• Collaborative and customer-focused IT support

Want to ensure you are delivering the right products, services, messages and experiences that delight your customers? Then, make the commitment to never stop learning from your customers—and from data.

Check out the first blog in the series, focusing on how to create a digital strategy.

- See more at: http://www.orgsource.com/blog/six-steps-achieving-digital-transformation-step-2?sthash.d26v7VJV.ShIn3bcf.mjjo#sthash.d26v7VJV.wjv7q3Cg.dpuf

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Engaging Members: Email Marketing Is Not Flashy, But It Works

Posted By Tara Burghart, Director of Content and Marketing, .orgSource, Friday, February 12, 2016
Updated: Thursday, February 4, 2016

In the first part of the “Engaging Members” series, we looked at why associations are seeing their “organic reach” on Facebook drop so dramatically. Simply put, Facebook wants businesses and organizations to pay for advertising.

So where does that leave nonprofits that want to better engage their members but lack the big advertising budgets of corporate brands?

One of the best alternatives is something associations have been doing for so long that it’s become like a favorite pair of sweatpants: Comfortable, reliable, but certainly not exciting.

That something is email marketing, which is consistently shown to outperform “sexier” options like social media and display advertising.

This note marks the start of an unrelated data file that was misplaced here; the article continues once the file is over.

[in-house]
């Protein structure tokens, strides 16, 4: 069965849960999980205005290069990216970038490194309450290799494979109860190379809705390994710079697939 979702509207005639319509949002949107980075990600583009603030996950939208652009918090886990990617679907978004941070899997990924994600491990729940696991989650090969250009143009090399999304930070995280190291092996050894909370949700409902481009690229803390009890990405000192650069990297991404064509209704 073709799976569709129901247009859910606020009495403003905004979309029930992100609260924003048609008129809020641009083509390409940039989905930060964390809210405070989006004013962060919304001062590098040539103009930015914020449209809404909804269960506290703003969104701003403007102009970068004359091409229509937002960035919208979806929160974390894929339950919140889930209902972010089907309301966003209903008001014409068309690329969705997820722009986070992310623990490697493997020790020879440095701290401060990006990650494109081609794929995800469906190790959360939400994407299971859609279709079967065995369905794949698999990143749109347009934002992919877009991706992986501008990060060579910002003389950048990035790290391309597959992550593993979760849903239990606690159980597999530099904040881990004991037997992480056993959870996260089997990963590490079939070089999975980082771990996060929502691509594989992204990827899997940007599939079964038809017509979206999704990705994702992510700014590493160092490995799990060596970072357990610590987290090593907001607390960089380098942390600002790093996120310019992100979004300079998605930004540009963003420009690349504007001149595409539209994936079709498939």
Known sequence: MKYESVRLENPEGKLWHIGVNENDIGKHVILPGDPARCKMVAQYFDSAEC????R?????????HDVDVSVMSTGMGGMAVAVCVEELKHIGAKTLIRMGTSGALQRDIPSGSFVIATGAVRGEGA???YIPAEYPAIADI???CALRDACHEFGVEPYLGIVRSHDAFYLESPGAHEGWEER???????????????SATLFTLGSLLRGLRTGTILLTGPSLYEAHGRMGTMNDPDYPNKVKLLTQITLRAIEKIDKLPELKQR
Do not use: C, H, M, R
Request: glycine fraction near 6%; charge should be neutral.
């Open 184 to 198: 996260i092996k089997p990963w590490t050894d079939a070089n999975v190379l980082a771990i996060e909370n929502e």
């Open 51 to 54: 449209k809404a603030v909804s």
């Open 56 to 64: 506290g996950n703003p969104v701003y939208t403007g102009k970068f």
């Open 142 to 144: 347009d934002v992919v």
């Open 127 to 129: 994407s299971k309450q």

Here are some stats to back that up:

  • Email is nearly 40 times more effective at acquiring new customers than Facebook or Twitter combined, according to this study from McKinsey & Company
  • Email reaches its intended recipient 90 percent of the time, compared to about 2 percent for Facebook posts
  • Facebook has more than 1 billion users, Twitter about 255 million users. There are nearly 4 billion active email accounts.
  • A survey by Informz of more than 1,300 large and mid-size associations who used the company’s marketing platform found open rates in the United States averaged about 34 percent with click-through rates of about 15 percent.
  • Email conversion rates are three times higher than social media, with a 17 percent higher value in the version, according to McKinsey & Company.

Even though it feels like email marketing has been around forever, more sophisticated techniques and tools allow for more specific targeting than a decade ago, along with the potential to mine a lot of valuable data. 

Here are just a small number of the things that associations can use email marketing to accomplish:

  • Promote events and continuing education opportunities
  • Increase membership renewal rates
  • Welcome new members with information, tips and resources
  • Share industry news and positions taken by the association
  • Create a regular digital newsletter to replace or enhance your print products
  • Direct traffic back to your website
  • Strengthen relationships with members

OK. So this “old school” tool seemingly has a lot of life in it. But few associations have tapped all the opportunities that email marketing offers. Those opportunities are what we’ll take a look at in Part 3 of the “Engaging Members” series, so stay tuned!

- See more at: http://www.orgsource.com/blog/engaging-members-email-marketing-not-flashy-it-works#sthash.hKv8yIJx.dpuf

Tags:  content  email marketing  engaging  marketing